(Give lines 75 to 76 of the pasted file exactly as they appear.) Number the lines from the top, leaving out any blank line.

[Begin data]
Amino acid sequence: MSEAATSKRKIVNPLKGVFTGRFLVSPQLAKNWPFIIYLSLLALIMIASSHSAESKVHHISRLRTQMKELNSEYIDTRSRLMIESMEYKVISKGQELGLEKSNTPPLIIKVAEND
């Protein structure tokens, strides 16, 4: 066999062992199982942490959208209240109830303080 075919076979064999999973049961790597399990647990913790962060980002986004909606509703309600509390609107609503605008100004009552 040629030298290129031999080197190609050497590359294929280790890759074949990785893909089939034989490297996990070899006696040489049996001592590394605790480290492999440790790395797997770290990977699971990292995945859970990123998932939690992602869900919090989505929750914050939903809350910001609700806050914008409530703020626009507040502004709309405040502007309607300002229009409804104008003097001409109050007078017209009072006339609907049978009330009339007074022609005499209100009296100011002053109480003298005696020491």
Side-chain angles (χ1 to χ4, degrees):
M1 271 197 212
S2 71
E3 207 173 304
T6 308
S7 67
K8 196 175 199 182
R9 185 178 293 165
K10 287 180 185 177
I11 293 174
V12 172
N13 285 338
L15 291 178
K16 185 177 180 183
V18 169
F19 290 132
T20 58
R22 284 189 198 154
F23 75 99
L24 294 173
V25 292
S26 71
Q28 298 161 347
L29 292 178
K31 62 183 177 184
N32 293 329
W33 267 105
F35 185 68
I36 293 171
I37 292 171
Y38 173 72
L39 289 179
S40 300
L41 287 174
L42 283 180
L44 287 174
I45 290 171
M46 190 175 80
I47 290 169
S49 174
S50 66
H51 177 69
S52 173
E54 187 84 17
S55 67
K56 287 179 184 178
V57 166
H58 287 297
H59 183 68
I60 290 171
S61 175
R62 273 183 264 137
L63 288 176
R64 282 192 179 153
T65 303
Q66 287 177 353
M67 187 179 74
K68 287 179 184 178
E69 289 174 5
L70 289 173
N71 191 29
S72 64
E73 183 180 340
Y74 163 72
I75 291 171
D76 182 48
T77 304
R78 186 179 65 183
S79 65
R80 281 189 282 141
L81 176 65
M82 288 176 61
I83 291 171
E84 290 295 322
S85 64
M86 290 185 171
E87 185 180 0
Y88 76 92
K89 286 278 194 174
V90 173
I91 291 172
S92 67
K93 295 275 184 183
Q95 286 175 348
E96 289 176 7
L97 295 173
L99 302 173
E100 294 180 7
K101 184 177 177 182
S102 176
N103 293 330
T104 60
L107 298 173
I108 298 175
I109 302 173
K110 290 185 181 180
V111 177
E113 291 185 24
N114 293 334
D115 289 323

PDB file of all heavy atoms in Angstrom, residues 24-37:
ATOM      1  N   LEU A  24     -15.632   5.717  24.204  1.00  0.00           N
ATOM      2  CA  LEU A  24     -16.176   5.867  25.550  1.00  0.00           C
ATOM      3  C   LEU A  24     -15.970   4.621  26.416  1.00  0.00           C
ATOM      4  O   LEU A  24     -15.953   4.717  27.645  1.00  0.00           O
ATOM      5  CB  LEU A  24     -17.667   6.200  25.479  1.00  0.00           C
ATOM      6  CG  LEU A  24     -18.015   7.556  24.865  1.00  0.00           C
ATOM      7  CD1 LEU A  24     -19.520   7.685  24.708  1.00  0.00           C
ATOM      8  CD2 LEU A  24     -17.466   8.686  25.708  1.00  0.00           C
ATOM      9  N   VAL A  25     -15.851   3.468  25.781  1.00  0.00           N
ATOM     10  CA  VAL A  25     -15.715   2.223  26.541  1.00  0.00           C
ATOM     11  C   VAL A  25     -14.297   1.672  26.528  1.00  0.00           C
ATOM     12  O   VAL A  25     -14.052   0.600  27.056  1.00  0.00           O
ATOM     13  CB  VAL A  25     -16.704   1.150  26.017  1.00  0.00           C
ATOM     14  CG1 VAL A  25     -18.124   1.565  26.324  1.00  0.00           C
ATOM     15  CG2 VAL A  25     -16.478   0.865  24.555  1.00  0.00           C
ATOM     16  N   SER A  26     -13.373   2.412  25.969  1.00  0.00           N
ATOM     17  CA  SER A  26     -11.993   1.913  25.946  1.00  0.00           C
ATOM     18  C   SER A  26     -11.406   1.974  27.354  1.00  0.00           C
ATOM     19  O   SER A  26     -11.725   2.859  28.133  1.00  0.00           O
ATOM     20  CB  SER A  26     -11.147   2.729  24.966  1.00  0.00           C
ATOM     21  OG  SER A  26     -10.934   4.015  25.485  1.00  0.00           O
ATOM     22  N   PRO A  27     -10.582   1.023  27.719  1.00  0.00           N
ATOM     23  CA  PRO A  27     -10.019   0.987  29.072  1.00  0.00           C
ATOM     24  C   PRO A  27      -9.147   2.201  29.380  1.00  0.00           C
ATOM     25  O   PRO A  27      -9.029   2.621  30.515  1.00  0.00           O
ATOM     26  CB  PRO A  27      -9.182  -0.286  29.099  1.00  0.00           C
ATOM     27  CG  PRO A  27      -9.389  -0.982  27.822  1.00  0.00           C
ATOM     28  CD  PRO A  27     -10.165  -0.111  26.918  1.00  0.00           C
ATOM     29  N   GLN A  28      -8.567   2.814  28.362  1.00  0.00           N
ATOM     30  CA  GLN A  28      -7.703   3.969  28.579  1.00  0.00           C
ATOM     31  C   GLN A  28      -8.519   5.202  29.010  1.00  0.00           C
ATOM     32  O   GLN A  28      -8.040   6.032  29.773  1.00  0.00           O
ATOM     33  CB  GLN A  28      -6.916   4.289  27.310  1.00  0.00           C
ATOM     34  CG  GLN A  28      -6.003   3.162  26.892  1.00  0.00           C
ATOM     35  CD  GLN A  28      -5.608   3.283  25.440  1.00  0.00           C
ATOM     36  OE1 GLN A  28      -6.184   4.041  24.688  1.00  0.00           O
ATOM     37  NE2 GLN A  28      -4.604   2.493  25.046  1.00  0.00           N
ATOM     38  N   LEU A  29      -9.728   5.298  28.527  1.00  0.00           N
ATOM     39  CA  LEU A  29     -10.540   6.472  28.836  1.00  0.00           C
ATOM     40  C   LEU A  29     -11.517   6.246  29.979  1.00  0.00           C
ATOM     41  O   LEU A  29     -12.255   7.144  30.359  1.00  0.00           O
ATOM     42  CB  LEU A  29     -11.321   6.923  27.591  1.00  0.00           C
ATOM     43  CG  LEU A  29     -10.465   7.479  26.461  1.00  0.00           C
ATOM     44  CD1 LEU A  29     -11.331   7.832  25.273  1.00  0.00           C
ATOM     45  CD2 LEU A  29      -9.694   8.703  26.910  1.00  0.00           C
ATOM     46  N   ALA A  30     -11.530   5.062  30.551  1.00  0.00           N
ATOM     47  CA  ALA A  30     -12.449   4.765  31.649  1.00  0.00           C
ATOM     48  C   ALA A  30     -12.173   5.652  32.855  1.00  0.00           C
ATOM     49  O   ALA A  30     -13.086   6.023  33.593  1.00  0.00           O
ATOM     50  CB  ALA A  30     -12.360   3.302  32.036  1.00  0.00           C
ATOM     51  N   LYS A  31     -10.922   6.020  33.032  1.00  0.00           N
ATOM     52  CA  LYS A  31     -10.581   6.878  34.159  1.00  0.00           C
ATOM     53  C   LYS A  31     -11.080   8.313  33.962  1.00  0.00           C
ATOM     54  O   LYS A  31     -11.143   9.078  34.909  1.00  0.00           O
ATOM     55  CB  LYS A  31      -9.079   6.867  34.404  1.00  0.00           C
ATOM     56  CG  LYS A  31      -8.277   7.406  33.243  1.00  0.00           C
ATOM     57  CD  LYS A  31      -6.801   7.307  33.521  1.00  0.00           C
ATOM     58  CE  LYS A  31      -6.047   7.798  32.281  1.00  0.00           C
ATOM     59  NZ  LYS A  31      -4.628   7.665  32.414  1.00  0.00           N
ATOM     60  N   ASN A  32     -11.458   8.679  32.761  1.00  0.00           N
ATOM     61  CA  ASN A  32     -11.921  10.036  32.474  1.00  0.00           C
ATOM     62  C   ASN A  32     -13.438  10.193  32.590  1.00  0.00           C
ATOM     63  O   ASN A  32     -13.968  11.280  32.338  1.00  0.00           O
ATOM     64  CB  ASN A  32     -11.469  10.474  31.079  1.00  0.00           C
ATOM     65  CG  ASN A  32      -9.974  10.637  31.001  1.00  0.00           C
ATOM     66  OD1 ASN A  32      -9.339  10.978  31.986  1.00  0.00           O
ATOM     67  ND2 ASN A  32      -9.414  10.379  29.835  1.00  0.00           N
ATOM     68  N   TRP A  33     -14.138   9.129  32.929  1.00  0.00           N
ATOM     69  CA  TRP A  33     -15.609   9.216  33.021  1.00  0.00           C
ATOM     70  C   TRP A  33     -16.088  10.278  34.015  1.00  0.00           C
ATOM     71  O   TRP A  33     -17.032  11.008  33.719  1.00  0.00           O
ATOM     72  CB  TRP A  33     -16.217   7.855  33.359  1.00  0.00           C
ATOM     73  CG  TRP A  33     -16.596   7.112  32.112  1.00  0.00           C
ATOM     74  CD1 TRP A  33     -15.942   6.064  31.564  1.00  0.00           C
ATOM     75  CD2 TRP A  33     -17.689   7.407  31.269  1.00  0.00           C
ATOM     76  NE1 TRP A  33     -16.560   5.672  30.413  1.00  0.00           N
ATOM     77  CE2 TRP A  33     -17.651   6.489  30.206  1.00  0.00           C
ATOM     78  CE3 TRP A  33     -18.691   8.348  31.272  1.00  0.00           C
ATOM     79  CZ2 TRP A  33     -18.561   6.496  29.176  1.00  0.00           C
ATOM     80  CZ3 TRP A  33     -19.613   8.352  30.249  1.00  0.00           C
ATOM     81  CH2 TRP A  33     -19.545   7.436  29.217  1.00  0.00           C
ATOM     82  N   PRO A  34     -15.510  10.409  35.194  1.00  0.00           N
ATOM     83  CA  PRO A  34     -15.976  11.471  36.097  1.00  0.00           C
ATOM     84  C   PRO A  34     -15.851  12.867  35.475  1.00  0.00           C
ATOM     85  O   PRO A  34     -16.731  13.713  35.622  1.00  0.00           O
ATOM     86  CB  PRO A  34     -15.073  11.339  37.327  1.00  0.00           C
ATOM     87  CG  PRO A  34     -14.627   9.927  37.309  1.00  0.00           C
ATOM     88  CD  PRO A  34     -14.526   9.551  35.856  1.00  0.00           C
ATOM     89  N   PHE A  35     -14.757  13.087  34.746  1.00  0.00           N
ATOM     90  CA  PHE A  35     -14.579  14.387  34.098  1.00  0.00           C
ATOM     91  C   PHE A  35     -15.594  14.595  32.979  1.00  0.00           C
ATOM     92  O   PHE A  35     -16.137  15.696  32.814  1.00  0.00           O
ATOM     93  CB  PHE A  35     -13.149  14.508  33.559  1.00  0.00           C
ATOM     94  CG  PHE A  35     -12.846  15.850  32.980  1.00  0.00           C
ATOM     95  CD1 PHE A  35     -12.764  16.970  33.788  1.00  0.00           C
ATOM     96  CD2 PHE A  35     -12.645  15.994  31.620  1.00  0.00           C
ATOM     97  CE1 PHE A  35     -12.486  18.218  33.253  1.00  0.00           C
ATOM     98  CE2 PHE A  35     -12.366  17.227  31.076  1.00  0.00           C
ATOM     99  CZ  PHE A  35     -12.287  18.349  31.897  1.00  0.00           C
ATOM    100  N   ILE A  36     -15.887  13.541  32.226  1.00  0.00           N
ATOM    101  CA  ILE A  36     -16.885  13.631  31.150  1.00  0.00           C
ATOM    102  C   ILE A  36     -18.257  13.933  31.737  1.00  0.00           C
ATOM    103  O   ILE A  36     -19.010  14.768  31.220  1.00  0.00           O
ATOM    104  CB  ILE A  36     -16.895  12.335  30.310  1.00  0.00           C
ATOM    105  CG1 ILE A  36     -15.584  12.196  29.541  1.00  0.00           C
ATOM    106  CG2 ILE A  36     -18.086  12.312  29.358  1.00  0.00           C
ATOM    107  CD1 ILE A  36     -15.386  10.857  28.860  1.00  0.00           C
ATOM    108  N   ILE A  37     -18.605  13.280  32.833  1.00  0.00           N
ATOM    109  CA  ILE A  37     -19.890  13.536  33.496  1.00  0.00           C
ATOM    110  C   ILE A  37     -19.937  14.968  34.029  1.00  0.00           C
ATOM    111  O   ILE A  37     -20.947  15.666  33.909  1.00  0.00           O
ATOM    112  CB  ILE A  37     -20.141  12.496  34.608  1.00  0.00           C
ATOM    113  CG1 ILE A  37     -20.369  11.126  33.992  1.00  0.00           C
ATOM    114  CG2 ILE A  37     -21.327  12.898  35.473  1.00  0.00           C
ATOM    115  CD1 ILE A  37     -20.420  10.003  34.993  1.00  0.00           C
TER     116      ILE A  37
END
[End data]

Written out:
I83 291 171
E84 290 295 322